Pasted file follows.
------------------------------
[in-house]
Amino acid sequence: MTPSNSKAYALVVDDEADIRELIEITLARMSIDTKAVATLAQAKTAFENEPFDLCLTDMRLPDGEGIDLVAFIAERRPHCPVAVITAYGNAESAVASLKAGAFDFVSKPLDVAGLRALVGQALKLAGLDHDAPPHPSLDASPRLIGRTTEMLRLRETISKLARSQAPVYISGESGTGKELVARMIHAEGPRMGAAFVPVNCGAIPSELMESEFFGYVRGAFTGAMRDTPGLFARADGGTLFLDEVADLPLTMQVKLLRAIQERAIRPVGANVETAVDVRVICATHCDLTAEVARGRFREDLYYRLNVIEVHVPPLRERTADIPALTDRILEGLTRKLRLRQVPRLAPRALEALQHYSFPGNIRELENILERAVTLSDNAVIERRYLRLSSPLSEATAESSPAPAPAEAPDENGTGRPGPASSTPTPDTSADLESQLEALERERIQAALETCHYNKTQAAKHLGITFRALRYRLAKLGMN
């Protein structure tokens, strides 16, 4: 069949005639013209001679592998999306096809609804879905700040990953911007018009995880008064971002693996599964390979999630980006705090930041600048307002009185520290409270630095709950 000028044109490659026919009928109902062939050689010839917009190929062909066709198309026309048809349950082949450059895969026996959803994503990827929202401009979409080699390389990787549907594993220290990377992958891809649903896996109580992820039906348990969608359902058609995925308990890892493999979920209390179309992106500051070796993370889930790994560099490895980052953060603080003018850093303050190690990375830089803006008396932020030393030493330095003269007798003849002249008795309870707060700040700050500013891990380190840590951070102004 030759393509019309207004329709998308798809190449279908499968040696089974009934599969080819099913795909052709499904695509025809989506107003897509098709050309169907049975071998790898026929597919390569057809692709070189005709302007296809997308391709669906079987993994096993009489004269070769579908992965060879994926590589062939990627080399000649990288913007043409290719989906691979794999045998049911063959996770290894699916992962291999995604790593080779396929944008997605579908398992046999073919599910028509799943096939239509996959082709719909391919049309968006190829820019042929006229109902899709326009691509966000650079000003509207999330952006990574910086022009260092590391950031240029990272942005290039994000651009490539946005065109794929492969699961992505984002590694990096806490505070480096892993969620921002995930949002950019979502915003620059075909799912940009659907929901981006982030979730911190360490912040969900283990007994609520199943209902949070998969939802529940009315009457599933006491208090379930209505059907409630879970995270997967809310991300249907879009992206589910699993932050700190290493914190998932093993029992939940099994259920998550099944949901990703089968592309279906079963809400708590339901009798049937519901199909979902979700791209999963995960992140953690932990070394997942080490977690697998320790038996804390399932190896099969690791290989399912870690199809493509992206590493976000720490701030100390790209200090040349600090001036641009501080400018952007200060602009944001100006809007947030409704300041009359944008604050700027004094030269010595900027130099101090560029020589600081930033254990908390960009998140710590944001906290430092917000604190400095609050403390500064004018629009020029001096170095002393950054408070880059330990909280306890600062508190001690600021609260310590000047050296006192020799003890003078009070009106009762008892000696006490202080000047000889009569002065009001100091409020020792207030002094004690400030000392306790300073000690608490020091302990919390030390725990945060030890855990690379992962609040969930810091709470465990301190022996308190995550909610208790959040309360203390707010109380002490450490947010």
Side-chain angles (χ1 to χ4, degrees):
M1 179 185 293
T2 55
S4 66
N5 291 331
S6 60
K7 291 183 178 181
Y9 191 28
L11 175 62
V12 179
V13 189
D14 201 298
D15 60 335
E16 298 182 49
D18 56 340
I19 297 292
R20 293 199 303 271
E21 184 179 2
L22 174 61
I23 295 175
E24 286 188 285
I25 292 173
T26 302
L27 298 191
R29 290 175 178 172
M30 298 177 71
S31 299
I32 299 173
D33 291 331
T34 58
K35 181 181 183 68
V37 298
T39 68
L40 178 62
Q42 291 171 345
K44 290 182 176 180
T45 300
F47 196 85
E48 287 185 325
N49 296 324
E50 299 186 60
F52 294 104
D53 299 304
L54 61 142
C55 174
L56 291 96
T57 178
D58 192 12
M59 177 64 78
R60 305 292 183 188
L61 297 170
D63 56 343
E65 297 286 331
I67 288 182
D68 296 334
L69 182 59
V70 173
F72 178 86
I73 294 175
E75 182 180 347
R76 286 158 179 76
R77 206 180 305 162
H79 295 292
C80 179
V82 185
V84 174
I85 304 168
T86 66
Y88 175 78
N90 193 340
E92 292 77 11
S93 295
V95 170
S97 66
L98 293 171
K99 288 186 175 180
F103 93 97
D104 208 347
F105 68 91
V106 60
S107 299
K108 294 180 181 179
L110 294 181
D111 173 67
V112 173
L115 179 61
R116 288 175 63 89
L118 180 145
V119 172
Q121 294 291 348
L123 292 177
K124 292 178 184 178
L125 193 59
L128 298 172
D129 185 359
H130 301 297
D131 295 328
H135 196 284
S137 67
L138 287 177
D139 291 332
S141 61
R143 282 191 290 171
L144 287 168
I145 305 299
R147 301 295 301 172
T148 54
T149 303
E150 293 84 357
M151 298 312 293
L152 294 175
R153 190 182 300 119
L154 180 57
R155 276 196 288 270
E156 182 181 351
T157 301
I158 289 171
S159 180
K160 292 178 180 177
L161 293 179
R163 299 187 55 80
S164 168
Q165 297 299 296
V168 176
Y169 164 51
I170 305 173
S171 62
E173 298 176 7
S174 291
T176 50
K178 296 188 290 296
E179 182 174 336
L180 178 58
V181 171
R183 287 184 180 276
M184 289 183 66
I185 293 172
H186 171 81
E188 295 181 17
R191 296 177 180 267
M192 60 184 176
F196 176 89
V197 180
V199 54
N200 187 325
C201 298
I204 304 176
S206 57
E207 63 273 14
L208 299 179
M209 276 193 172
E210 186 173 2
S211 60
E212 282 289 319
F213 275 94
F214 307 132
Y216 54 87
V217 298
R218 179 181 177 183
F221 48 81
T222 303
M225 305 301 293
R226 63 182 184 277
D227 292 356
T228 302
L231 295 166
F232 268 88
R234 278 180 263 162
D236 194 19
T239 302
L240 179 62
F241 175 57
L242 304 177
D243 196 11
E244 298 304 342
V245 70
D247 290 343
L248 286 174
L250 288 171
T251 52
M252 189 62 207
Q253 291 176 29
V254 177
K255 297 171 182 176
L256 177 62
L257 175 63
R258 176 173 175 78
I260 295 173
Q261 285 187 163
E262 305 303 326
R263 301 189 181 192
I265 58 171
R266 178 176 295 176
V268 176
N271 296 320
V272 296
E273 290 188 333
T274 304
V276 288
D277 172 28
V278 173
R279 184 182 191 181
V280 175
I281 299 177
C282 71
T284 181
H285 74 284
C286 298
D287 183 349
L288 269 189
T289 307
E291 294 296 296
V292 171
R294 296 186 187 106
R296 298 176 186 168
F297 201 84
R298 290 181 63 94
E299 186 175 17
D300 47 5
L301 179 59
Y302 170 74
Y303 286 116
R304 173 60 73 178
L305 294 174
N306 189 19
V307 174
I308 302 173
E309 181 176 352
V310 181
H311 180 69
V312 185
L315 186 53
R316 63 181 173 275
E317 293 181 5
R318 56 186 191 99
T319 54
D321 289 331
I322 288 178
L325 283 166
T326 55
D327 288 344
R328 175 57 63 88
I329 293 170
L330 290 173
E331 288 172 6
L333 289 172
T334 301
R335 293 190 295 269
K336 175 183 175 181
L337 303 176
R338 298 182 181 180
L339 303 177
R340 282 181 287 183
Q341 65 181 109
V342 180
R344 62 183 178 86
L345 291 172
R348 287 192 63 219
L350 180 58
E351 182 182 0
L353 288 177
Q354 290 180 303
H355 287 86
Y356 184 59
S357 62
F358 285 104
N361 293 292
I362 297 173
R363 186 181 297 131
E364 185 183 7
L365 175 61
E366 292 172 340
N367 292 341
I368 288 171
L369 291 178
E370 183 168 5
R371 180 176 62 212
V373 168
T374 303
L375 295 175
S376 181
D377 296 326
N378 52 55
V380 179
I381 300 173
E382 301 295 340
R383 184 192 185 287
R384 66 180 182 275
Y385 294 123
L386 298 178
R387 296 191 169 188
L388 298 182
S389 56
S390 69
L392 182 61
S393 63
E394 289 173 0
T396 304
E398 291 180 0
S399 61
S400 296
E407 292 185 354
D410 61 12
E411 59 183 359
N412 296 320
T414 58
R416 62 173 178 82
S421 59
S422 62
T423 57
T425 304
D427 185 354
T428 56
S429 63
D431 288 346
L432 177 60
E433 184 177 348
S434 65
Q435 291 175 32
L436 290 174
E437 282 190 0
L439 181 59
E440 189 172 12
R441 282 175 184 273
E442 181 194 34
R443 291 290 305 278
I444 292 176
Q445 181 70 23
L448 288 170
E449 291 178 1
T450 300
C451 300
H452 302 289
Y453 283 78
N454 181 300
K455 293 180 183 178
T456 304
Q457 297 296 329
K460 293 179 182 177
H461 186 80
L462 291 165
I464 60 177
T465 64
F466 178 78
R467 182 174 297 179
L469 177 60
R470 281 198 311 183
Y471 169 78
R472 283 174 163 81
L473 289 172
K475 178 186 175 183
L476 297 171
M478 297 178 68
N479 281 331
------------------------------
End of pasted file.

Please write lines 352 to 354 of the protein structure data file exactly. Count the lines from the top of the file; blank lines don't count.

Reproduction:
R472 283 174 163 81
L473 289 172
K475 178 186 175 183